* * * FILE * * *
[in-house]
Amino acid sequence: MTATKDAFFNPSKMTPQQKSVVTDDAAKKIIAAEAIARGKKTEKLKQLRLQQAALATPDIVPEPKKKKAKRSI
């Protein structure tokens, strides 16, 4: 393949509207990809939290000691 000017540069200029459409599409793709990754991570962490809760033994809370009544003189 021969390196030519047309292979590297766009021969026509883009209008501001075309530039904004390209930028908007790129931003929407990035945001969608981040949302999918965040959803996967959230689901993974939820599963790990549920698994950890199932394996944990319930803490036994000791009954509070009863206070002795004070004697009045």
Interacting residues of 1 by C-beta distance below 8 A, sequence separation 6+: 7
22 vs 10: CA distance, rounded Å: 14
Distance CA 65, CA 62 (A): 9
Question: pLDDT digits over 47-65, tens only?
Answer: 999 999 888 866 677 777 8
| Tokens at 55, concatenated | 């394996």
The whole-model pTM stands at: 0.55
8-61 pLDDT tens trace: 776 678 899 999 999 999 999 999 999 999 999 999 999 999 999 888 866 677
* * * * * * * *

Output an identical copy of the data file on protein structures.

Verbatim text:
[in-house]
Amino acid sequence: MTATKDAFFNPSKMTPQQKSVVTDDAAKKIIAAEAIARGKKTEKLKQLRLQQAALATPDIVPEPKKKKAKRSI
């Protein structure tokens, strides 16, 4: 393949509207990809939290000691 000017540069200029459409599409793709990754991570962490809760033994809370009544003189 021969390196030519047309292979590297766009021969026509883009209008501001075309530039904004390209930028908007790129931003929407990035945001969608981040949302999918965040959803996967959230689901993974939820599963790990549920698994950890199932394996944990319930803490036994000791009954509070009863206070002795004070004697009045």
Interacting residues of 1 by C-beta distance below 8 A, sequence separation 6+: 7
22 vs 10: CA distance, rounded Å: 14
Distance CA 65, CA 62 (A): 9
Question: pLDDT digits over 47-65, tens only?
Answer: 999 999 888 866 677 777 8
| Tokens at 55, concatenated | 């394996």
The whole-model pTM stands at: 0.55
8-61 pLDDT tens trace: 776 678 899 999 999 999 999 999 999 999 999 999 999 999 999 888 866 677